New Zealand's Broadcasting Standards Authority (BSA) is making it crystal clear that speaking te reo Māori on-air is not a breach of standards.
Since June last year, the BSA says it has received 27 "enquiries" about the language's use, with two resulting in formal complaints against broadcasters. That's five times as many as in the same period the year before.
With te reo Māori being an official language of Aotearoa and protected by law, the BSA says its use is not a breach of standards.
"A complaint about the use of te reo Māori does not raise an issue of harm as envisaged by the standards. The use of te reo Māori is an editorial decision for broadcasters," the BSA said in a statement.
The authority encourages broadcasters to respond to such complaints by indicating that the language's use is not a breach of standards.
In early February, the BSA declined to determine a complaint about the use of te reo Māori in several TVNZ news and current affairs programmes.
The complainant said the language's use breached discrimination, denigration and fairness standards because te reo Māori greetings "[create] an expectation that viewers should accept te reo".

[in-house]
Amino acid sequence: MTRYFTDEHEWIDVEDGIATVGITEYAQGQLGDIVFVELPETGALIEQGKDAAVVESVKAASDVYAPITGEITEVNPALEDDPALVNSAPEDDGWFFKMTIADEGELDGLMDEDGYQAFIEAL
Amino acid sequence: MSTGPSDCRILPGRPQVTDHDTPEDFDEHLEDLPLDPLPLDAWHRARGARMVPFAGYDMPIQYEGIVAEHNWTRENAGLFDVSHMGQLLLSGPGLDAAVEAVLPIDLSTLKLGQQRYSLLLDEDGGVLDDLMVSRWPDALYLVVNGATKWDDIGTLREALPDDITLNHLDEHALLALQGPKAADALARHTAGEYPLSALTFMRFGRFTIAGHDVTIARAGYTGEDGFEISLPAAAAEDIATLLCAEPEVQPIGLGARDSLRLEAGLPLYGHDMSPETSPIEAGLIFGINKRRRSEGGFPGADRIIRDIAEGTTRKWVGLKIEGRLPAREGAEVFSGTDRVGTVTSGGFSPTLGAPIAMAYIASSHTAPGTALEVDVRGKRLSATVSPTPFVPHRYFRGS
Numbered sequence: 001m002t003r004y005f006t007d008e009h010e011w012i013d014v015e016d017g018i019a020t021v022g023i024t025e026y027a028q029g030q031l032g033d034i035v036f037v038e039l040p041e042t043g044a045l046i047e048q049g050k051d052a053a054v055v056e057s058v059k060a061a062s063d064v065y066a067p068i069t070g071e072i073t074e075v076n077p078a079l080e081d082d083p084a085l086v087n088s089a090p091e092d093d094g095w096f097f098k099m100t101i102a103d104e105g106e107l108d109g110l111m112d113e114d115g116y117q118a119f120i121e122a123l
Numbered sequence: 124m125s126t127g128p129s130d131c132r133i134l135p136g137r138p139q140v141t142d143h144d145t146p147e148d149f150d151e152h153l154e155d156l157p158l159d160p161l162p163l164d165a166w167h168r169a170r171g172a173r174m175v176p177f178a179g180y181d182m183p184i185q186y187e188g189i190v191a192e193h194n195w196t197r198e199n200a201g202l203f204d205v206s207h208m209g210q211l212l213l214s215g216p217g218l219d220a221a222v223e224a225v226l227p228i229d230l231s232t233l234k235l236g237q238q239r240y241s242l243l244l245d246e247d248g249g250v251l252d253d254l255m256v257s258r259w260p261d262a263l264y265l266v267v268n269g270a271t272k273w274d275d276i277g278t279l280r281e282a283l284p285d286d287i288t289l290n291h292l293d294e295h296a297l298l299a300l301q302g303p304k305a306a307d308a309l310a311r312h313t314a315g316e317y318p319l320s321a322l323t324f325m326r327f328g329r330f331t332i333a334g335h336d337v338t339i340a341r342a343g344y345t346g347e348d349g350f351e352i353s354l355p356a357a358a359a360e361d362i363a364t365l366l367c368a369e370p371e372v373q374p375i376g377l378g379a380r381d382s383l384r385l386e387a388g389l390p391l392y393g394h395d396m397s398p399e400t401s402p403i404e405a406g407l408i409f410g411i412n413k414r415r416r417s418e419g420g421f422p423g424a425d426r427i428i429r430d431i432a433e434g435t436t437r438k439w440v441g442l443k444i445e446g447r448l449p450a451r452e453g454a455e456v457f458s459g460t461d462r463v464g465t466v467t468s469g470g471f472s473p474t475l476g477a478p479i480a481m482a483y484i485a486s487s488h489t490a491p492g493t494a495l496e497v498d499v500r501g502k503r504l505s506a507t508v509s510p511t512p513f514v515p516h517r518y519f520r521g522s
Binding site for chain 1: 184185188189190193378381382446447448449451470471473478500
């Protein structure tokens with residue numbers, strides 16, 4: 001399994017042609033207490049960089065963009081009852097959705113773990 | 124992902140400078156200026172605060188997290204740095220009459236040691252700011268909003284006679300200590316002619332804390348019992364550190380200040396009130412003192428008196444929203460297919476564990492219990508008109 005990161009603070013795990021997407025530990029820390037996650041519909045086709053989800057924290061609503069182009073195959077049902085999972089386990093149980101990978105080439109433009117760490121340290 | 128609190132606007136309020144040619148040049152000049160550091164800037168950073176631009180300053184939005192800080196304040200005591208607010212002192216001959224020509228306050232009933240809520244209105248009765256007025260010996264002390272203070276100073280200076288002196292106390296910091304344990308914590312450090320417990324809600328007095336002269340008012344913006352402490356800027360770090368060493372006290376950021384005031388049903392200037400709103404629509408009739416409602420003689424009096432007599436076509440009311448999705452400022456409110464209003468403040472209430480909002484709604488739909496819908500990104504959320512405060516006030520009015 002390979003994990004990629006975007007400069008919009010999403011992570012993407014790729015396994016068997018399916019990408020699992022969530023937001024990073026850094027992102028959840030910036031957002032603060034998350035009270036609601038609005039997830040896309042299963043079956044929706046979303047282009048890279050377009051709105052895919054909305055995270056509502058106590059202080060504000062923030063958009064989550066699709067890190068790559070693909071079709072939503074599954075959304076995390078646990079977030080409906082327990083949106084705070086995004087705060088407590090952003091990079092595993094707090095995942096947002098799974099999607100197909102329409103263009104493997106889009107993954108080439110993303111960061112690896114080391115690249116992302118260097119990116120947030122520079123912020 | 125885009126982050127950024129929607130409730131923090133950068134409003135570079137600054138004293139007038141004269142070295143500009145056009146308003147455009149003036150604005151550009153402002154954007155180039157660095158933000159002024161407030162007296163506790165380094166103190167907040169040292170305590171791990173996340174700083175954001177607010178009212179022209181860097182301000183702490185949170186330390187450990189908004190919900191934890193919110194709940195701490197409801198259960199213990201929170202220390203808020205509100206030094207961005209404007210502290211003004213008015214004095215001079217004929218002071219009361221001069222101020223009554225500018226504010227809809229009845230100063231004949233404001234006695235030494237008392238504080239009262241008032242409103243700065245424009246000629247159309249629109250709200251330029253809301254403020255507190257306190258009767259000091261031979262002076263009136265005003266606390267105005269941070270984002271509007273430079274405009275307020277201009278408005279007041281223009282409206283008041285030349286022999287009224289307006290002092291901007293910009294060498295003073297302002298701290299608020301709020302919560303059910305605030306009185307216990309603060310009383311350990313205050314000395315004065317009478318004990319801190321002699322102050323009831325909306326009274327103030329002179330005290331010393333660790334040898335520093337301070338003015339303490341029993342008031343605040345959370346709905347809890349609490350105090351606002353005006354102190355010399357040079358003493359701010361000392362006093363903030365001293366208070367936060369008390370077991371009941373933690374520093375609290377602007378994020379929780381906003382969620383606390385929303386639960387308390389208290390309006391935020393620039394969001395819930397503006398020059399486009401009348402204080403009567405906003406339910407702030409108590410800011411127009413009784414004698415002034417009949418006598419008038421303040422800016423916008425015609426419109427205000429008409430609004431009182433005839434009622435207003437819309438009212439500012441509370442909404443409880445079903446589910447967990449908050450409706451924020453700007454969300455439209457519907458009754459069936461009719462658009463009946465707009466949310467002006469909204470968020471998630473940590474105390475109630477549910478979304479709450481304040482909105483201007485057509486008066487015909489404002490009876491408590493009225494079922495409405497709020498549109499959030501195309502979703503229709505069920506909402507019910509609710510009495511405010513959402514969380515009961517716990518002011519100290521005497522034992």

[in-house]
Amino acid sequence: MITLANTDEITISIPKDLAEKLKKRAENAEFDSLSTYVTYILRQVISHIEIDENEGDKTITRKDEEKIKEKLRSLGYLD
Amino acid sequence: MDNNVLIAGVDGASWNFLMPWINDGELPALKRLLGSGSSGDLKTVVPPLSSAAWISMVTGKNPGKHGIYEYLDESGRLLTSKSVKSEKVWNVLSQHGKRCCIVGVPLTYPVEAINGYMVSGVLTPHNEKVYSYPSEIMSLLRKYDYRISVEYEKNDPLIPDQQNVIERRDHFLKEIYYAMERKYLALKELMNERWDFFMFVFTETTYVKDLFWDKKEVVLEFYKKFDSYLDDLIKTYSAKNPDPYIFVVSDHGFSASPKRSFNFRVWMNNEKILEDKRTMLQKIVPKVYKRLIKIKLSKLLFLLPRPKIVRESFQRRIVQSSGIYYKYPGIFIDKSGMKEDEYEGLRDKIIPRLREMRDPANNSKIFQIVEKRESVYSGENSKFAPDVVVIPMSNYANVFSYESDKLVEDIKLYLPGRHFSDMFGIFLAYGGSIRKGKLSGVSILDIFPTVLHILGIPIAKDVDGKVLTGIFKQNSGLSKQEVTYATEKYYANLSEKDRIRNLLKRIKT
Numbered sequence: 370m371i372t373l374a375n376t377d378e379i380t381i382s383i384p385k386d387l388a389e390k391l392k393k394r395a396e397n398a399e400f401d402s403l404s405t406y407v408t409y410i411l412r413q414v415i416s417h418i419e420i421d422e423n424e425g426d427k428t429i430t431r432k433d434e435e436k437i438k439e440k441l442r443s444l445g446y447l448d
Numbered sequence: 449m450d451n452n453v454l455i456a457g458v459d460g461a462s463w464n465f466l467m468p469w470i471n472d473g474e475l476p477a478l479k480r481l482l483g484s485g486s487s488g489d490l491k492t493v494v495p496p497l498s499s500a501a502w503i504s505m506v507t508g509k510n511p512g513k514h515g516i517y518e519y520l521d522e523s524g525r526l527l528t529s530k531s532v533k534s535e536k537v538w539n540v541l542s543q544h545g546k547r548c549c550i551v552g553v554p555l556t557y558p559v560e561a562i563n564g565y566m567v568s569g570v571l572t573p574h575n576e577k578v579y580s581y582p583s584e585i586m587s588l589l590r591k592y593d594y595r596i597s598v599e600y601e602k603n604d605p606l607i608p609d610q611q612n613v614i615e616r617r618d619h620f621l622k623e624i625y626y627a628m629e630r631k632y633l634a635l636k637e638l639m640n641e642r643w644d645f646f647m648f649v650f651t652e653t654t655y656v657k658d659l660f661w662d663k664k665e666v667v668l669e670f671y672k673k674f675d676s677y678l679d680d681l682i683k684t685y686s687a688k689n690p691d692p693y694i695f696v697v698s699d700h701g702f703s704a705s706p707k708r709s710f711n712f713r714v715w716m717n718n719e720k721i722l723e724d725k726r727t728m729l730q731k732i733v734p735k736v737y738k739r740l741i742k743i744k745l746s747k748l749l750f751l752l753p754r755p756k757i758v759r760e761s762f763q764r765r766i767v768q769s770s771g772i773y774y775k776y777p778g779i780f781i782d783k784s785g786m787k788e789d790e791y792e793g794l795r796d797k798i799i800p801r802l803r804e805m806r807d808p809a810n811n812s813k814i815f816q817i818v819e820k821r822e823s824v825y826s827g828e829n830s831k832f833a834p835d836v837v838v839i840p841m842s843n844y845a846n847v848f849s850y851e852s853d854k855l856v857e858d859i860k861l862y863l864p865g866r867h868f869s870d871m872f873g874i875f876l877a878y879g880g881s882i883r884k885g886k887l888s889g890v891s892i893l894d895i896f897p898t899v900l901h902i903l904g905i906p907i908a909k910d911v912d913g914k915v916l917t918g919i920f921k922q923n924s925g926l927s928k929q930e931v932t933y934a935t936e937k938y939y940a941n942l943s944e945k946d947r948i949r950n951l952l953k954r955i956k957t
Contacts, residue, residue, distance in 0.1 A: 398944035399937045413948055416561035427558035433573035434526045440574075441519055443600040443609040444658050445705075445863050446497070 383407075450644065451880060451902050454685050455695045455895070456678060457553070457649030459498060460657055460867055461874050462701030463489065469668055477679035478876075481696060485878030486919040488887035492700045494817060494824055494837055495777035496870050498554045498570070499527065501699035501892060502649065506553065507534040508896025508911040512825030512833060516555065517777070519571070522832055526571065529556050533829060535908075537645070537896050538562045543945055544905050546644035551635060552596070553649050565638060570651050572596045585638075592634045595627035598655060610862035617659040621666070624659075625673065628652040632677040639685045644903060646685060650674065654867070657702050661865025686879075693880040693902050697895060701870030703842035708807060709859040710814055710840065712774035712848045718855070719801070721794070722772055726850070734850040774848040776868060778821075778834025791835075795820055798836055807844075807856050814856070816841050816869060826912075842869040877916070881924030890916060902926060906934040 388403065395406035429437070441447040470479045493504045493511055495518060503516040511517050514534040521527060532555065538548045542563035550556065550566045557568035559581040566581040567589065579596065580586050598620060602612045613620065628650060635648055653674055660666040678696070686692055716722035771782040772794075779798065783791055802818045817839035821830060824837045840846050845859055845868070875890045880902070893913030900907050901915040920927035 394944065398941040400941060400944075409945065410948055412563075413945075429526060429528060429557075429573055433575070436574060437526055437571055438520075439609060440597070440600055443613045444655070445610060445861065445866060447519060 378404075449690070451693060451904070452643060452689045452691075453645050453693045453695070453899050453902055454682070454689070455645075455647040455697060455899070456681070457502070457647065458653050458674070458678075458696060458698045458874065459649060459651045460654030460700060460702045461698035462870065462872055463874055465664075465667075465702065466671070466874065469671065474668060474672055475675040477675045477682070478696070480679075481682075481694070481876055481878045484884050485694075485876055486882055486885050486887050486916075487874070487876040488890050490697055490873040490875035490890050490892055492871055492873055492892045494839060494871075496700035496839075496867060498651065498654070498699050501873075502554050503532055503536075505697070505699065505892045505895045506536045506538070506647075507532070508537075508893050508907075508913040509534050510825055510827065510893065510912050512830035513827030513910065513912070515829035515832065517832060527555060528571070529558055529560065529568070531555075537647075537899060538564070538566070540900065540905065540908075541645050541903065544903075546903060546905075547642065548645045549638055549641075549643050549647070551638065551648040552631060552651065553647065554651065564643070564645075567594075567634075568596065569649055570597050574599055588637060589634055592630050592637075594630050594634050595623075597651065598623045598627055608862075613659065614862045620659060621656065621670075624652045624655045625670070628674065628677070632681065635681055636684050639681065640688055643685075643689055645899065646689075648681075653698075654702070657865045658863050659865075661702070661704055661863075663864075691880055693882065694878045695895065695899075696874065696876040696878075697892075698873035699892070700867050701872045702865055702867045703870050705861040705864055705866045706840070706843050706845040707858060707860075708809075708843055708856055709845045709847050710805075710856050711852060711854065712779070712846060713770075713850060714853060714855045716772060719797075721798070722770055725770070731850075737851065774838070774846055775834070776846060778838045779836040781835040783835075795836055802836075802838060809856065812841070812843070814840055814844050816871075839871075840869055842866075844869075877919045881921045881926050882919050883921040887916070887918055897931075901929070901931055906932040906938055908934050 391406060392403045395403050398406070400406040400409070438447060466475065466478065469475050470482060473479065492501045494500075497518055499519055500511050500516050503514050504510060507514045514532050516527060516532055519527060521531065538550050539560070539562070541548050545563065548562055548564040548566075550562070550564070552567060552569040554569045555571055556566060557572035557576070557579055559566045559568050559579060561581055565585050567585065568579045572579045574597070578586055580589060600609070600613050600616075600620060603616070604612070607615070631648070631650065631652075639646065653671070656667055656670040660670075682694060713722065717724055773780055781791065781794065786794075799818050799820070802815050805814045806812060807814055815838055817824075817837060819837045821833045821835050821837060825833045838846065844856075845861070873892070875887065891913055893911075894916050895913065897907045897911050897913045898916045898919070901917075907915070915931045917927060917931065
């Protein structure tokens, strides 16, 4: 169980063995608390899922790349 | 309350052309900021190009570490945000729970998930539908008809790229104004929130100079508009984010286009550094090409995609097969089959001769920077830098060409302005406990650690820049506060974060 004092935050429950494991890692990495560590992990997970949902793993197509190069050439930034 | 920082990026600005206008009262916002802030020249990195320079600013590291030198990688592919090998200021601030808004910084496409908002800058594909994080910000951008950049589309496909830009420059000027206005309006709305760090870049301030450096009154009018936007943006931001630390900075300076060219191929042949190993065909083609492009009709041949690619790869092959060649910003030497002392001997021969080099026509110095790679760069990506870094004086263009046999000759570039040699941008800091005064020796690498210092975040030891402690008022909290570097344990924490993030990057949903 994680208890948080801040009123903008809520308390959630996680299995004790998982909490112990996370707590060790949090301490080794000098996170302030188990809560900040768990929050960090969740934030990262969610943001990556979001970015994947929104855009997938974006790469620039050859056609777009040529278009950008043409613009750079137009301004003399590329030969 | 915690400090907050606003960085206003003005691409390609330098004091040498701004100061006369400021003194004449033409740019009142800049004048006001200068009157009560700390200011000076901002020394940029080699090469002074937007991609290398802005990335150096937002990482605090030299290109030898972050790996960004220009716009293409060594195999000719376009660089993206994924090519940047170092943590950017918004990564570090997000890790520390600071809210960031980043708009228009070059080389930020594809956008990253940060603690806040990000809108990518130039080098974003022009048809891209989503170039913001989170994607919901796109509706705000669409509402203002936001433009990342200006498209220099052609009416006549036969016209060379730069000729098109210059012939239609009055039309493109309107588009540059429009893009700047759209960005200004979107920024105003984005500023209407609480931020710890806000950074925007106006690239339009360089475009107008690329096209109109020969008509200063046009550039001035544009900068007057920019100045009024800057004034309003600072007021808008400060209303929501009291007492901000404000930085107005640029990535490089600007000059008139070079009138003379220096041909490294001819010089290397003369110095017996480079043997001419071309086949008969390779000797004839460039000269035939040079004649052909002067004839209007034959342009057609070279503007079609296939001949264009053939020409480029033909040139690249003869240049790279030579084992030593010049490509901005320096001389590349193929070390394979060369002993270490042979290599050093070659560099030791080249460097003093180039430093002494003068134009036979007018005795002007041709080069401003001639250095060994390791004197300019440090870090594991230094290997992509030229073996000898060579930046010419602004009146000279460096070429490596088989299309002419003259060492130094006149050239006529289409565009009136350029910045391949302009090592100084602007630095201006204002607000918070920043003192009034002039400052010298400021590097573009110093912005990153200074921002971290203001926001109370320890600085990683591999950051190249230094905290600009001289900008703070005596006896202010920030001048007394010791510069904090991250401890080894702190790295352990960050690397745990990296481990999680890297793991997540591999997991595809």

"I don't speak te reo Māori. I don't have the desire to do so and neither is it right to be expected. I respect Māori for doing what they can to keep their language alive as it's part of their culture. But it's not mine," the complainant said.
They said the language's use was "discriminatory toward non-Māori" and "divisive".
TVNZ didn't make a formal decision on the complaint as it said the use of the language did not constitute a breach of standards.
"In response to the referral, TVNZ requested the Authority decline to determine the complaint as 'the complainant does not raise any issue of programme standards as the complaint solely concerns the use of one of New Zealand's official languages'," the BSA said.
"It was concerned accepting the complaint referral 'gives the issues raised by the complainant an undeserved legitimacy."